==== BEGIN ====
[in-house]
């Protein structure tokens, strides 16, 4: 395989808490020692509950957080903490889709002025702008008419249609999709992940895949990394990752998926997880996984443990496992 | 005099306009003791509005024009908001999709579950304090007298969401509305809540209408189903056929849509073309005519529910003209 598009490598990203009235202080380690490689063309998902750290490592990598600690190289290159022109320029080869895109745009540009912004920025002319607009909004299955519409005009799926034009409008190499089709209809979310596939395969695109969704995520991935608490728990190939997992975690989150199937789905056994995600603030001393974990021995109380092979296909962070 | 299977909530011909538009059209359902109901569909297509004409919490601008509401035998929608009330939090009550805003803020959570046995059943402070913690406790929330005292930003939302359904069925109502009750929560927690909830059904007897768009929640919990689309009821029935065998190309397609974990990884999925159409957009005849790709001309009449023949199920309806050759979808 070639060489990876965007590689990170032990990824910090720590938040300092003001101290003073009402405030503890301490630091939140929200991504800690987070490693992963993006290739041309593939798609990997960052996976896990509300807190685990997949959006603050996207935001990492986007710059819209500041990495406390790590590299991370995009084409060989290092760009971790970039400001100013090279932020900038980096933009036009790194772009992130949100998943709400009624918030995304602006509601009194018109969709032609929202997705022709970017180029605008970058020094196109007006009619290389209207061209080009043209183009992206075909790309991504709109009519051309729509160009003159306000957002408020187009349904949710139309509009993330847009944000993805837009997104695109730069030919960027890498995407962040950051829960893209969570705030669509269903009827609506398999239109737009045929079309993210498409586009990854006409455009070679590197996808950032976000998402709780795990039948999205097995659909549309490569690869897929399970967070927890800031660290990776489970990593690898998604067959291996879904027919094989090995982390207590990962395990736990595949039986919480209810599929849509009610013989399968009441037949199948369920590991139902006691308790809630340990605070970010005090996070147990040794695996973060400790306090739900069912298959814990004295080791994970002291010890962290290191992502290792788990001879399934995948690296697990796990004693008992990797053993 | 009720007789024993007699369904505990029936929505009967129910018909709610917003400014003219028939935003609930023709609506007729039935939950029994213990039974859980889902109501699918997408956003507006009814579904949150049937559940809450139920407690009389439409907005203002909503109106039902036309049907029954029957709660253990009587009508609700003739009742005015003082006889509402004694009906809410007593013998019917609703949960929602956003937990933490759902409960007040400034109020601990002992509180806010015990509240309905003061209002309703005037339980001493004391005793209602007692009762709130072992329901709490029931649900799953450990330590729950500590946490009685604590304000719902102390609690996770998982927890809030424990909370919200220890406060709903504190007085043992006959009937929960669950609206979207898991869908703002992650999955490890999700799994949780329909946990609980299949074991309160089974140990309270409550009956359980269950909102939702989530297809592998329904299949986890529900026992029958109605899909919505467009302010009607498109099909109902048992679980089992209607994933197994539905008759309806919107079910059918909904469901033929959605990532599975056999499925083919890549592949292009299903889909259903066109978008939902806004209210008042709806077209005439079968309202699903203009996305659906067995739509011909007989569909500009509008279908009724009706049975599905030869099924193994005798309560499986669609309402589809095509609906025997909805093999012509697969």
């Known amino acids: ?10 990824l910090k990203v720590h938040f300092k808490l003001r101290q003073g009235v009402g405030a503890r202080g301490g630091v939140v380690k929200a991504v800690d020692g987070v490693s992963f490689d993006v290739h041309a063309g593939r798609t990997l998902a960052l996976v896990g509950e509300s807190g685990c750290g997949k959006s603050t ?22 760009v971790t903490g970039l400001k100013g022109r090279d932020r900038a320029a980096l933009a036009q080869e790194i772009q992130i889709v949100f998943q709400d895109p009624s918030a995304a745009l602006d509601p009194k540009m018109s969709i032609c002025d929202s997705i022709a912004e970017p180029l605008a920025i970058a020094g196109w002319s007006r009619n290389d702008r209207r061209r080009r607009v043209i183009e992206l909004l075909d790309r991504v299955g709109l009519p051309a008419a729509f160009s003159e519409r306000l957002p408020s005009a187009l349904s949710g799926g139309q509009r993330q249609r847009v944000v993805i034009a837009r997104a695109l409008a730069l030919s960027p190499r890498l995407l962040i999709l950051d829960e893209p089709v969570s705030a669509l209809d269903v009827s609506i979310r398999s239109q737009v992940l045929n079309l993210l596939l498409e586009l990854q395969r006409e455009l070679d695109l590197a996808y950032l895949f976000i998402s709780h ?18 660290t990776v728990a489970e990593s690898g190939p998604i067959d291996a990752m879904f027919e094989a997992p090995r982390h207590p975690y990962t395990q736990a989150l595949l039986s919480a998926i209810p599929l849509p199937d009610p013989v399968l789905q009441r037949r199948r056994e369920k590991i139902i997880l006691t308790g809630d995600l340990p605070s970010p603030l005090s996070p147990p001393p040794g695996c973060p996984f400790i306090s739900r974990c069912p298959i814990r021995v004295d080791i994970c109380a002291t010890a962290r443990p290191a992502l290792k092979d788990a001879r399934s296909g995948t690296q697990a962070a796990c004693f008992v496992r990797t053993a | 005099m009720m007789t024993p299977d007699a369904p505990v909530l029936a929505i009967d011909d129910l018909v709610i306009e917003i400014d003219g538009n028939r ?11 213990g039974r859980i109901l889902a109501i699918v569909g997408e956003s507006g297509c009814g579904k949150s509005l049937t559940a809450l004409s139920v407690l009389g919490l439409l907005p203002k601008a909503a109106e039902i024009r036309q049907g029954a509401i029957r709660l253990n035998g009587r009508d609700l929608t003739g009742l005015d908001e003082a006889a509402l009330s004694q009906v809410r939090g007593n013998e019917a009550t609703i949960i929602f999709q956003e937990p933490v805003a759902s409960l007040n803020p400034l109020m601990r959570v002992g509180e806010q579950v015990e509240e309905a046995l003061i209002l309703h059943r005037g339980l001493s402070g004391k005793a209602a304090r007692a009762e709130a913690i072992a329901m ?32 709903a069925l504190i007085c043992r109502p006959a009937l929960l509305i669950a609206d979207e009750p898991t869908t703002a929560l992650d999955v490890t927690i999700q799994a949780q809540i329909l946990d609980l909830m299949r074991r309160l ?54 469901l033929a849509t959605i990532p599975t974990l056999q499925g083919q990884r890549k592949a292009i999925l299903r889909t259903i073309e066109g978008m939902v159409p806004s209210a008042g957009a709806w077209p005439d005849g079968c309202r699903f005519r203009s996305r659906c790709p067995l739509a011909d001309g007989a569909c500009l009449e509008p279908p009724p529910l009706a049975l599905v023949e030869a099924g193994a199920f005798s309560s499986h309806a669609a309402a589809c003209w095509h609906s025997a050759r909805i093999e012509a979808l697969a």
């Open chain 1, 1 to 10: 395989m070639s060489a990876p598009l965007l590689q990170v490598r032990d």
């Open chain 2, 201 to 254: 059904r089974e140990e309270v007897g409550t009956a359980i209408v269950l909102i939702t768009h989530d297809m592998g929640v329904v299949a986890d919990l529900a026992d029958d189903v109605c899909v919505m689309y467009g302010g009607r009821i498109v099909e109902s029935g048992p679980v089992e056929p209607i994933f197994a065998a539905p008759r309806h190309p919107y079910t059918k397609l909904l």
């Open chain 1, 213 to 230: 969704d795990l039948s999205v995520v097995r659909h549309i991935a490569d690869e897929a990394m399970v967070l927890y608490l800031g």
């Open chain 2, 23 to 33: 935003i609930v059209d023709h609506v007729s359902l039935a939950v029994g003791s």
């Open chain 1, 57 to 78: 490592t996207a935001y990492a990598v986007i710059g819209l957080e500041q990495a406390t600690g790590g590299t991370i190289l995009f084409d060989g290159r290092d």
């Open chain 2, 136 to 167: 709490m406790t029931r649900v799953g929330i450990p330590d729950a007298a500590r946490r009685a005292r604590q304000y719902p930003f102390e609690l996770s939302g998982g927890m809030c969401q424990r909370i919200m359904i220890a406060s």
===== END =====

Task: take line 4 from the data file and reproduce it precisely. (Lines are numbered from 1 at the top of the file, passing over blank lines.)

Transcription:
């Open chain 1, 1 to 10: 395989m070639s060489a990876p598009l965007l590689q990170v490598r032990d």